from The Open University
Alternatively you can skip the navigation by pressing 'Enter'.
More or Less - Polls, nuns, life partnersSunday, 3rd May 2015 20:00 - BBC Radio 4More or Less looks at the supposed increase in catholic nuns, polling data and the best way to find a life partner.... Read more: OU on the BBC: More or Less - Polls, nuns, life partners
Thinking Allowed: Post traumatic stress; managing beds in the NHSMonday, 4th May 2015 00:15 - BBC Radio 4
Wastemen: The Home FrontMonday, 4th May 2015 23:00 - BBC Two
Wartime Farm Episode 2Tuesday, 5th May 2015 11:00 - Yesterday
More or Less - Polls, nuns, life partnersAvailable until Wednesday, 27th April 2016 14:15More or Less looks at the supposed increase in catholic nuns, polling data and the best way to find a life partner.... Read more: OU on the BBC: More or Less - Polls, nuns, life partners
OU on the BBC: Frozen PlanetA stunning portrait of life at the poles, presented by David Attenborough Read more: OU on the BBC: Frozen Planet
Take the photographic memory testCan you capture scenes just by looking at them? Find out with our photographic memory test. Launch now: Take the photographic memory test
Ratio, proportion and percentagesFrom politics to cookery, ratios, proportions and percentages are part of everyday life. This... Try: Ratio, proportion and percentages now
Succeed with maths – Part 1[BETA] If you feel that maths is a mystery that you want to unravel then this short 8-week course... Try: Succeed with maths – Part 1 now
The sun dominates our lives by defining our day, but how much do you know and...
The sun dominates our lives by defining our day, but how much do you know and understand about it? This unit will help you to explore the workings of the brightest star in our universe looking at its structure and the main processes taking place within it. You will also examine the phenomena of sun spots.
At the end of this unit you should:
- know about the electromagnetic spectrum and how it is used to infer properties of sources of radiation;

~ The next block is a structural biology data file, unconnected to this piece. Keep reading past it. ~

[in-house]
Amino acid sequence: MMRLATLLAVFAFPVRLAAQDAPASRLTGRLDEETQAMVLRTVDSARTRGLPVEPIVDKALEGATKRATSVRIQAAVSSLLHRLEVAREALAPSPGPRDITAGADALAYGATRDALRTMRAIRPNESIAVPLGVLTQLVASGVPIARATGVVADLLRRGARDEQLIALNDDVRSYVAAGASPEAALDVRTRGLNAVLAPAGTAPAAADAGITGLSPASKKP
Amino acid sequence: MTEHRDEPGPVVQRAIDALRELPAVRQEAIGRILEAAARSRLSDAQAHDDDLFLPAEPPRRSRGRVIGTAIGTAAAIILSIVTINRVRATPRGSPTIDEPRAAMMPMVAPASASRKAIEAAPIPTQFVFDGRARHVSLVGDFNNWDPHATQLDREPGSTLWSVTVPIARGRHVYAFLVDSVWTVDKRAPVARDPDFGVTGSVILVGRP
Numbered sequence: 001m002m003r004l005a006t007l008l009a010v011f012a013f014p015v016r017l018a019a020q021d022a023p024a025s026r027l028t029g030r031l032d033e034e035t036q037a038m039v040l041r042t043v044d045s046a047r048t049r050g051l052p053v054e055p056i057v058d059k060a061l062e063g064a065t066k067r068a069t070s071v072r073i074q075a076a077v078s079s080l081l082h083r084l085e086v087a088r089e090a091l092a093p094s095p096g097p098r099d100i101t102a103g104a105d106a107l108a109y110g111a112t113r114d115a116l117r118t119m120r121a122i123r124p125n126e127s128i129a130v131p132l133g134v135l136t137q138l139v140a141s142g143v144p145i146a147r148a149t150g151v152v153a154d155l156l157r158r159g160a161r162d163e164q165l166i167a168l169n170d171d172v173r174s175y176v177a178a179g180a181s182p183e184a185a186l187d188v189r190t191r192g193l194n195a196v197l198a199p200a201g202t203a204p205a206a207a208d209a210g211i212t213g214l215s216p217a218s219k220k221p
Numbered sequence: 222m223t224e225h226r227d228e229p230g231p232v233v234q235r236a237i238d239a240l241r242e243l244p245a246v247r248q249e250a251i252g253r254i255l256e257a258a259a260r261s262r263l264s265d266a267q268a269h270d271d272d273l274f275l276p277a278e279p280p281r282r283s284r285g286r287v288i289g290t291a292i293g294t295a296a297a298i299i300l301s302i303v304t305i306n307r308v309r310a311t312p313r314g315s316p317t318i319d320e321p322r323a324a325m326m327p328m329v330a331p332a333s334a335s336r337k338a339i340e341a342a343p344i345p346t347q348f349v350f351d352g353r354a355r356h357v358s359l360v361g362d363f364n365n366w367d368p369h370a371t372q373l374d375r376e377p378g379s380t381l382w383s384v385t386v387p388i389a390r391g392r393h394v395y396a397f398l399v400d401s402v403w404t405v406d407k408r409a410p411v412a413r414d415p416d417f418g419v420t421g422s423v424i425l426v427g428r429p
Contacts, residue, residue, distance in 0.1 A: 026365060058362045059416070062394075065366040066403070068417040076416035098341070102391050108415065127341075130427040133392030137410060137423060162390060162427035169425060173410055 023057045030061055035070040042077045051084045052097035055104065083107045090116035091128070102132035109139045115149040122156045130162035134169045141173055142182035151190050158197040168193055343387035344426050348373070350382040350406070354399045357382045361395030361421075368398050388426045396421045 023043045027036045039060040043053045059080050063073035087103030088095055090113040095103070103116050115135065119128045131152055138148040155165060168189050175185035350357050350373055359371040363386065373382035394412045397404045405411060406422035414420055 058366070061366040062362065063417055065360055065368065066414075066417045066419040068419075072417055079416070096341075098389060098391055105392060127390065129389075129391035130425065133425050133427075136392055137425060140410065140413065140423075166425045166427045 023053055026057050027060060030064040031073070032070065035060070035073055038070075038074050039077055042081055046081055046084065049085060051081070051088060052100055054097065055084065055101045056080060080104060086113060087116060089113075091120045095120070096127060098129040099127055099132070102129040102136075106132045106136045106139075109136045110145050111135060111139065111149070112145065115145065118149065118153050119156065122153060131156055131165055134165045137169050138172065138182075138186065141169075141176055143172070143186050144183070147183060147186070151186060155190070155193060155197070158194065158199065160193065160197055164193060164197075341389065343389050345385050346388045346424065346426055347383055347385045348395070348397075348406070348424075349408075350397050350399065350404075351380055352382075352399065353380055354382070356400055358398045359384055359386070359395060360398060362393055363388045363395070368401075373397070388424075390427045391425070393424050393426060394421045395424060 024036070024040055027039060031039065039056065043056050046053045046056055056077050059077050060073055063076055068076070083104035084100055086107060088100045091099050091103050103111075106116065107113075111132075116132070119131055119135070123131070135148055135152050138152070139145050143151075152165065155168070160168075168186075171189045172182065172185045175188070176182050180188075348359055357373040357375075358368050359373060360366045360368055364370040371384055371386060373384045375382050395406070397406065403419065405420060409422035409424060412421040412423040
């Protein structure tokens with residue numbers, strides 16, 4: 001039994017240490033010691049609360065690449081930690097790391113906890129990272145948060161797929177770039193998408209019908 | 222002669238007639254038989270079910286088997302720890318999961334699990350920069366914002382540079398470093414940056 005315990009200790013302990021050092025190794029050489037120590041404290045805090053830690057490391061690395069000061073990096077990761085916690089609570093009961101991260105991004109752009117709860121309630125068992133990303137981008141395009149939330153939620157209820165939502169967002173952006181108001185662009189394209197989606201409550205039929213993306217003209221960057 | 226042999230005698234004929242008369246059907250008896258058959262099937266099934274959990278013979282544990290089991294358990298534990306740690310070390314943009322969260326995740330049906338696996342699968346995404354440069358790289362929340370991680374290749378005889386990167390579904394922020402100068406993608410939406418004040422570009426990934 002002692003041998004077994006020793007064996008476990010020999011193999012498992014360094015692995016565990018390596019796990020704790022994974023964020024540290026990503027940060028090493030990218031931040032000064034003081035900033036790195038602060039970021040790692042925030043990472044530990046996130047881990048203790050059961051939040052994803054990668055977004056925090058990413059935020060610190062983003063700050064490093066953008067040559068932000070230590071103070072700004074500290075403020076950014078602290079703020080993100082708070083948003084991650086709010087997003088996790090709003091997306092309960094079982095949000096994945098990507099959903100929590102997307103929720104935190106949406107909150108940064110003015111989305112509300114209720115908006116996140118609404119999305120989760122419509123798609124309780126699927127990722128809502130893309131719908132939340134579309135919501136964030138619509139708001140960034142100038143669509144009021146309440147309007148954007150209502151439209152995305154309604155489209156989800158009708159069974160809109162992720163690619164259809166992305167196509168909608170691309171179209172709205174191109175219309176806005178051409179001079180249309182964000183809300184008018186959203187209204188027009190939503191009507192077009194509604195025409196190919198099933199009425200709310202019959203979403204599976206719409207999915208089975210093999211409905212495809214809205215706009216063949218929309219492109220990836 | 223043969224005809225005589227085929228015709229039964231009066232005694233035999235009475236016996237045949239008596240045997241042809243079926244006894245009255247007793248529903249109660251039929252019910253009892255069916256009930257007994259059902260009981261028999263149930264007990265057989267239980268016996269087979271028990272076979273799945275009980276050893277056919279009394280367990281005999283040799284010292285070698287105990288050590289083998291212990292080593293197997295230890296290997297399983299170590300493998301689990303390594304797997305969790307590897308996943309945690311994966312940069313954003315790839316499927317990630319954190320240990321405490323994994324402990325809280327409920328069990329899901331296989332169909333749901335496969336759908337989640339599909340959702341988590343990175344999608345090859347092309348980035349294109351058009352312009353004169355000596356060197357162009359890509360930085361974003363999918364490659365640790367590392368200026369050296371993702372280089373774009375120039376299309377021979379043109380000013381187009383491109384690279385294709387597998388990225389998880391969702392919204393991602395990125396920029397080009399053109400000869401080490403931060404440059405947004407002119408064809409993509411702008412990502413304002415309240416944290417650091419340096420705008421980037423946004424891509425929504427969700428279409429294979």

- know about the range of sizes, distances and motions of objects in the Universe and how they can be measured;
- know about the structure of, and the main processes operating in, the Sun;
- comprehend concepts lying well outside everyday experience, including those that involve very large and very small distances, times, temperatures and energies, and those that are non-intuitive;
- develop the skill of being able to receive and respond to a variety of information sources including textual, numerical, graphical and visual material.
For astronomers, the Sun is fascinating because it is our nearest star. By studying the Sun, they can gain an insight into the workings of the other millions of stars that are visible in the night sky. Learning that the Sun is a star can be a little surprising. After all, the Sun is a brightly glowing, yellow object – so bright that it is dangerous to look at it directly, and so hot that we can feel its radiation warming the whole Earth. Stars, on the other hand, are mere silvery pinpoints of light that are visible only against the darkness of the night sky and with no discernible heating effect on Earth. How can they possibly be the same sort of object? The key to the answer lies in their distances.
In astronomical terms, the Sun is relatively close, being only about 150 million kilometres (93 million miles) from Earth. The stars that are visible at night are much further away: the nearest is about 40 million million kilometres from Earth, and most are much more distant than that. Imagine looking at a glowing light bulb first from very close up and then from a much greater distance. Close up, you would see the shape of the bulb but, from far away, it would be just a point of light.
This unit is from our archive and is an adapted extract from Introducing astronomy (S194) which is no longer taught by The Open University. If you want to study formally with us, you may wish to explore other courses we offer in.
The Open University is conducting a survey investigating how people use the free educational content on our OpenLearn website. The aim is to provide a better free learning experience for everyone. So if you’re a regular user of OpenLearn and have 10 minutes to spare, we’d be delighted if you could take part and tell us what you think. Please note this will take you out of OpenLearn, we suggest you open this in a new tab by right clicking on the link and choosing open in a new tab.
This is an extract from an Open University course which is no longer available to new students. If you found this interesting you could explore more free Physics and Astronomy course units or view the range of currently available OU Physics and Astronomy courses.